There was an admittedly funny skit (at least by “Idol” standards) with the guys talking about being sabotaged by the girls, offering up tongue-in-cheek “evidence” like Amber drugging Devin’s drink, causing him to forget the words to his songs; Janelle changing the notes on Lazaro’s music charts so he’d sing off-key; Curtis getting bad fashion advice (“If Randy likes the jacket, you know you’re in trouble”- LOL); and, most hilariously, “bully” Candice shaking Burnell down for his “lunch money,” causing him to lose a lot of weight. It turned out to be the work of criminal mastermind Jordin Sparks, who was tired of all the male winners year after year. You & me both, sister. Oh, and don’t think I missed that dig at the show’s biggest competitor: “The good news is that all the ‘Idol’ leftovers have been doing really well on ‘The Voice’.” Ha! I see what you did there, “Idol”!

Having won me over with that amusing bit of business, however, the show wasted no time in engaging in one of those tributes that reminds me how out-of-touch “Idol” can be sometimes: a tribute to…Frankie Valli? What the what? Do these kids even know who that is? Hell, at first I didn’t know who that was, until they went into “Grease,” though I recognized “Can’t Take My Eyes Off of You” from Lauren Hill, and knew that it was an old song.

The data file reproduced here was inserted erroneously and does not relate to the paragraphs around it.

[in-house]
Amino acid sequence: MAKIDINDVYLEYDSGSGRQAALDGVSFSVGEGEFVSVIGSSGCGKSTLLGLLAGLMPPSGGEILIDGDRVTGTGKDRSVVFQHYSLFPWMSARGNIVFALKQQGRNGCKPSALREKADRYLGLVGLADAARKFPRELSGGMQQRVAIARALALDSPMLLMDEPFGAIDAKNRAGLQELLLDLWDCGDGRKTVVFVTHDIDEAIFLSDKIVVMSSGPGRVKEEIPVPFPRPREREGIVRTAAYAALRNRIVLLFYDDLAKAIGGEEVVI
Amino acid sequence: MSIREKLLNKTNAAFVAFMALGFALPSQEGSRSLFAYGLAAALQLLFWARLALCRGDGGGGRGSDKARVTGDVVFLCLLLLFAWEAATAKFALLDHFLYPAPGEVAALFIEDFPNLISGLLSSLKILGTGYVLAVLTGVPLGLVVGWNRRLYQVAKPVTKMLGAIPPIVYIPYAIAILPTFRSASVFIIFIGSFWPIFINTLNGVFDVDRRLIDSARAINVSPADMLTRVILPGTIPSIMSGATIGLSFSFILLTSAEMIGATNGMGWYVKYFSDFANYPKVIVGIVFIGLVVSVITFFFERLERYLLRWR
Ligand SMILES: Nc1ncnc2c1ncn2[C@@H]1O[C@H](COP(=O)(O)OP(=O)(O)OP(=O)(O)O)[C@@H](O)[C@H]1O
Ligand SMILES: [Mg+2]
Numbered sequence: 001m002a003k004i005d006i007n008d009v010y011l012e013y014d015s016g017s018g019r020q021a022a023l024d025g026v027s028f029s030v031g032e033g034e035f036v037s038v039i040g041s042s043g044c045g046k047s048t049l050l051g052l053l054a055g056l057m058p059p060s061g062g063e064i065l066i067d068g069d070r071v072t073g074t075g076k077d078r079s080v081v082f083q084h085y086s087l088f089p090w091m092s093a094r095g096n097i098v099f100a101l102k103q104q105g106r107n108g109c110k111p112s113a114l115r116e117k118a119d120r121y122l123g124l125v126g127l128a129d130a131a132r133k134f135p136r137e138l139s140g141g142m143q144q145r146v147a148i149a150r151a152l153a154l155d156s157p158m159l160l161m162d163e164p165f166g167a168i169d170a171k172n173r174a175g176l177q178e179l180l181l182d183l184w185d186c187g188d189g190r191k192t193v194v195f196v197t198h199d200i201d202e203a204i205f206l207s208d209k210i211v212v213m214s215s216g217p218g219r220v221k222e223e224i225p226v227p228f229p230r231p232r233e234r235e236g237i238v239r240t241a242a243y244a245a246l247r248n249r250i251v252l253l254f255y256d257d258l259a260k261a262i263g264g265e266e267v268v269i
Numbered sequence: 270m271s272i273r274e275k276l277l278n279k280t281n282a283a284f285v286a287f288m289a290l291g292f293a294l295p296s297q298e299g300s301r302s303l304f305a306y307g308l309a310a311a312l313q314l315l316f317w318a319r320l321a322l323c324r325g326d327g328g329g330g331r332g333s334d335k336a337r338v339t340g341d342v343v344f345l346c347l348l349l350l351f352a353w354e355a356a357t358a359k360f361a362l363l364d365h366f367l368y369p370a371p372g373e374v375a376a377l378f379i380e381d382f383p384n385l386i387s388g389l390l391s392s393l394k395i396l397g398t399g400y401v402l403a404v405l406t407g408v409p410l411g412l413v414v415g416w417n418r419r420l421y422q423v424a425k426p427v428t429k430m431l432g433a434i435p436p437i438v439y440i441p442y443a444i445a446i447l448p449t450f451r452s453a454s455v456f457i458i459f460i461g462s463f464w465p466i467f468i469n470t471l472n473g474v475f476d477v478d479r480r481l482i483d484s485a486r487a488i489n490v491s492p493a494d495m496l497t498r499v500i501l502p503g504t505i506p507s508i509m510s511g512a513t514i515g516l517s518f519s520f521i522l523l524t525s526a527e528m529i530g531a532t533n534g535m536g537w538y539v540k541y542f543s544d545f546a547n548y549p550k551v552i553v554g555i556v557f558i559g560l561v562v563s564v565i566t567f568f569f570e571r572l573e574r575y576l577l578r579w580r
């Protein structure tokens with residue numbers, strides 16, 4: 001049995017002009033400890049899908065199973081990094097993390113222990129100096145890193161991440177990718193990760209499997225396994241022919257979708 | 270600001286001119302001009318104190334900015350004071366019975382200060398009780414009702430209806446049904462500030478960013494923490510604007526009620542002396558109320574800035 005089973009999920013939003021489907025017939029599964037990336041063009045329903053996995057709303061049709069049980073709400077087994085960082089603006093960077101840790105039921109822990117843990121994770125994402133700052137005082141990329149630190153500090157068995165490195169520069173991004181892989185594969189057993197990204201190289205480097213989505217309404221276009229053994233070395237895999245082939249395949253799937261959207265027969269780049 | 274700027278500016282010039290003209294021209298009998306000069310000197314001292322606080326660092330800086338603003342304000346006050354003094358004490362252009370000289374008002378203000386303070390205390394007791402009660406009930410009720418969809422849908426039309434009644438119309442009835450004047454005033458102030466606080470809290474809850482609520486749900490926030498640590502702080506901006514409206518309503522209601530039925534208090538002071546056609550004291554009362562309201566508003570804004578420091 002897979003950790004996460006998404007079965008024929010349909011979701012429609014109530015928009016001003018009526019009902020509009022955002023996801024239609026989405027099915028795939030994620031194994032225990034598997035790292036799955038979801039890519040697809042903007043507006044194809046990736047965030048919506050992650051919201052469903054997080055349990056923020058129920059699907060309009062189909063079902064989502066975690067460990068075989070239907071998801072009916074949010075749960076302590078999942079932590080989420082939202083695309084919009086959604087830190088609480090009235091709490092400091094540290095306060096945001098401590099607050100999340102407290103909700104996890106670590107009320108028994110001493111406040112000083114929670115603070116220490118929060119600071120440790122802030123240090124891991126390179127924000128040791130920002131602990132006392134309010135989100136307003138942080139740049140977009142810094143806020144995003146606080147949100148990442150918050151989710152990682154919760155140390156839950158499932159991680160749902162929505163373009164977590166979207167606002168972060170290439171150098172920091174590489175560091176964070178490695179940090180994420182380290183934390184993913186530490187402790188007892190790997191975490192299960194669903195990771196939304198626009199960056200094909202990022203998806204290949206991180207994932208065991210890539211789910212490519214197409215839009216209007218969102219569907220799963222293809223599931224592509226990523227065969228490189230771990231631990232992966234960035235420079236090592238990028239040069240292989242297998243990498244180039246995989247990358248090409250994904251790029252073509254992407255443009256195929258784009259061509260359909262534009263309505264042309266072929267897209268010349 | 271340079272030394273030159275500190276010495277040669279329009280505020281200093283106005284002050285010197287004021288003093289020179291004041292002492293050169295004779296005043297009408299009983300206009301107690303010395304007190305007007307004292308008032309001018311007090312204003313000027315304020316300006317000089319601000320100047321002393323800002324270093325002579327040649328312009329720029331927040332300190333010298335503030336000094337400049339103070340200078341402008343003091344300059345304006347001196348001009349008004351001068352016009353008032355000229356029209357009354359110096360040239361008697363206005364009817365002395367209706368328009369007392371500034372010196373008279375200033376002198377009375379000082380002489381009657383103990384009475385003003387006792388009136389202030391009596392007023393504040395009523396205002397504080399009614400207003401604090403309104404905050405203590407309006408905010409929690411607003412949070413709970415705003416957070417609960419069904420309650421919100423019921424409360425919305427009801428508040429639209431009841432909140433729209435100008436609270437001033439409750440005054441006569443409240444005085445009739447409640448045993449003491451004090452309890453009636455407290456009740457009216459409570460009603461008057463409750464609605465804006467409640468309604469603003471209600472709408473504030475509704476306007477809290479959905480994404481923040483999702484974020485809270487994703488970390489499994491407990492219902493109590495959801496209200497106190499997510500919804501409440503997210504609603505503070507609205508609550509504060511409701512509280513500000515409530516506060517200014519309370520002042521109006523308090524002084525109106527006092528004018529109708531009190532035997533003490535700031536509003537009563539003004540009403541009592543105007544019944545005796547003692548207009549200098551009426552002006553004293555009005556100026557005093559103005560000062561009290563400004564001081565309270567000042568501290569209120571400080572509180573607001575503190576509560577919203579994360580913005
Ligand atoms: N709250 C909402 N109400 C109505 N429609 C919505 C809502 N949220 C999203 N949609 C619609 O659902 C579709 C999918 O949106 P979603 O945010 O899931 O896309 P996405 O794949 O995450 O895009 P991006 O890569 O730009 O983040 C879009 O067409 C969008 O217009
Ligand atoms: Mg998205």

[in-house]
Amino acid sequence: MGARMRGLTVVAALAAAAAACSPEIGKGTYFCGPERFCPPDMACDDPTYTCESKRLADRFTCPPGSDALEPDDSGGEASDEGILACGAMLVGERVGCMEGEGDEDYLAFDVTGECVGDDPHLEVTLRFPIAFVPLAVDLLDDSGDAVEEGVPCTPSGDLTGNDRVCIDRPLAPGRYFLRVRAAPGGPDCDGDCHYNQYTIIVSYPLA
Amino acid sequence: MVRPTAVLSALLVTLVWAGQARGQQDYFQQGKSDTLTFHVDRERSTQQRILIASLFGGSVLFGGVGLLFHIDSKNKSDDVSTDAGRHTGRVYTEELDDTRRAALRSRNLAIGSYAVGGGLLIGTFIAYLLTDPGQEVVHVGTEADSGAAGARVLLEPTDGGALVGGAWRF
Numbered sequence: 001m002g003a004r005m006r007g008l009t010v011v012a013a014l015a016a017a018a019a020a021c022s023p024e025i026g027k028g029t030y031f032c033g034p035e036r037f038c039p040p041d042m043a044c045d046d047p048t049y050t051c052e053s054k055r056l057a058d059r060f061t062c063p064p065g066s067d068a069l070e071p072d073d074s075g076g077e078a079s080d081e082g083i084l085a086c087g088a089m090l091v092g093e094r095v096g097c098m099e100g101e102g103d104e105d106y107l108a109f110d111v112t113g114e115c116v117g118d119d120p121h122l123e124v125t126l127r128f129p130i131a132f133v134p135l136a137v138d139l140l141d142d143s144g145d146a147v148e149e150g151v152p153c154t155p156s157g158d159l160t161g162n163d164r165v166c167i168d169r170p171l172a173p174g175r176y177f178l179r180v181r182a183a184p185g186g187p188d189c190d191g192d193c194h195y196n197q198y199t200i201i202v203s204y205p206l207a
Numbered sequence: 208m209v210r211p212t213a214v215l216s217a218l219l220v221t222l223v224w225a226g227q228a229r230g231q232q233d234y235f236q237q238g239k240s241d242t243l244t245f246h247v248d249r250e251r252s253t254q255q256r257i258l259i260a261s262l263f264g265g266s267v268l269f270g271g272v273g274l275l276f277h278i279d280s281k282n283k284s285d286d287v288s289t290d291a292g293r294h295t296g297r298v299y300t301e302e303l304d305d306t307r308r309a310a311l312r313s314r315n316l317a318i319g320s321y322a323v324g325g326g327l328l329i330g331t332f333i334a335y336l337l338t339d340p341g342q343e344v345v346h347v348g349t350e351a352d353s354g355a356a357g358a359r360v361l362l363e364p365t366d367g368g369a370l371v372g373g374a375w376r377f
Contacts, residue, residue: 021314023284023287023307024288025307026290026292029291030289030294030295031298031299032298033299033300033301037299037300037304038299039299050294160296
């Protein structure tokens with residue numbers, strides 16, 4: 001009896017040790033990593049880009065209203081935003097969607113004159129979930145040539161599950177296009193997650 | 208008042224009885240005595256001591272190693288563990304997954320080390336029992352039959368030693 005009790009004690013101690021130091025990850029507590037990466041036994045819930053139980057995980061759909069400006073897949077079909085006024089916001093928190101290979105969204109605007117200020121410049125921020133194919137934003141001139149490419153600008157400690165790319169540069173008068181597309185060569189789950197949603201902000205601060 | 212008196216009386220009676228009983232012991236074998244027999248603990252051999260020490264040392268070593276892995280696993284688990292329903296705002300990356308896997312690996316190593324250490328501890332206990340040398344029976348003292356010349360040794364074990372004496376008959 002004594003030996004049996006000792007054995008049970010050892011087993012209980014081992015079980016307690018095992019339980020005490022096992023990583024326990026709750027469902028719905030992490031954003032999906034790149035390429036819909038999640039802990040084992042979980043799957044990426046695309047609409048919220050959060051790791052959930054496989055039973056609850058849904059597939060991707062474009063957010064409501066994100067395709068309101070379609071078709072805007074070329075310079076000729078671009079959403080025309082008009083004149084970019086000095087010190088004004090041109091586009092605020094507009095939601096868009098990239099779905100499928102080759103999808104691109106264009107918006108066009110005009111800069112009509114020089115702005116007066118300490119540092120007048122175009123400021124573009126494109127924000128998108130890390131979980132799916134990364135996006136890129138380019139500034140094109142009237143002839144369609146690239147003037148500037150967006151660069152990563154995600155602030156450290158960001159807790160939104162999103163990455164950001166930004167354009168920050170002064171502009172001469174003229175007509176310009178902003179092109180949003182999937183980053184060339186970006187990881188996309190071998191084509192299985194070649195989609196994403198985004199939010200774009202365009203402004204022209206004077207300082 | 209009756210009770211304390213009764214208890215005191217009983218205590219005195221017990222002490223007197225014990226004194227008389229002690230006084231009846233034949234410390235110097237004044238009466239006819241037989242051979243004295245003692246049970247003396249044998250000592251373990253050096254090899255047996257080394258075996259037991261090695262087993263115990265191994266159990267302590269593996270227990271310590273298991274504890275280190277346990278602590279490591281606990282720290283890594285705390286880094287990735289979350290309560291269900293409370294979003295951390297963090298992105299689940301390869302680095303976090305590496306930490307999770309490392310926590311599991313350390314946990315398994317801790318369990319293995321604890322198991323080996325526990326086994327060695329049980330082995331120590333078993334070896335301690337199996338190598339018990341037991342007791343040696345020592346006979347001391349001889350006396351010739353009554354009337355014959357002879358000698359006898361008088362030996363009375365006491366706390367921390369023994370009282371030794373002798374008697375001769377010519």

It was like the Burt Bacharach thing all over again. I get that people want to preserve some of the classics, but is this really the venue? Ten to one that sort of thing is what goes out the window first on the newfangled, revamped “Idol” next year. Count of them to keep things super-current more often than not, mark my words.

Mariah did a medley of her hits after that, and it was pretty solid, if somewhat haphazardly arranged- they chose to start with “Vision of Love”? What? If anything, they should have reversed the order, starting with the new one, and then going into the older ones from there, I thought. That said, Mariah did show that she’s still got it, so there’s that, I suppose. Say what you will about her, the woman’s a bona fide star that commands your attention…onstage, at least.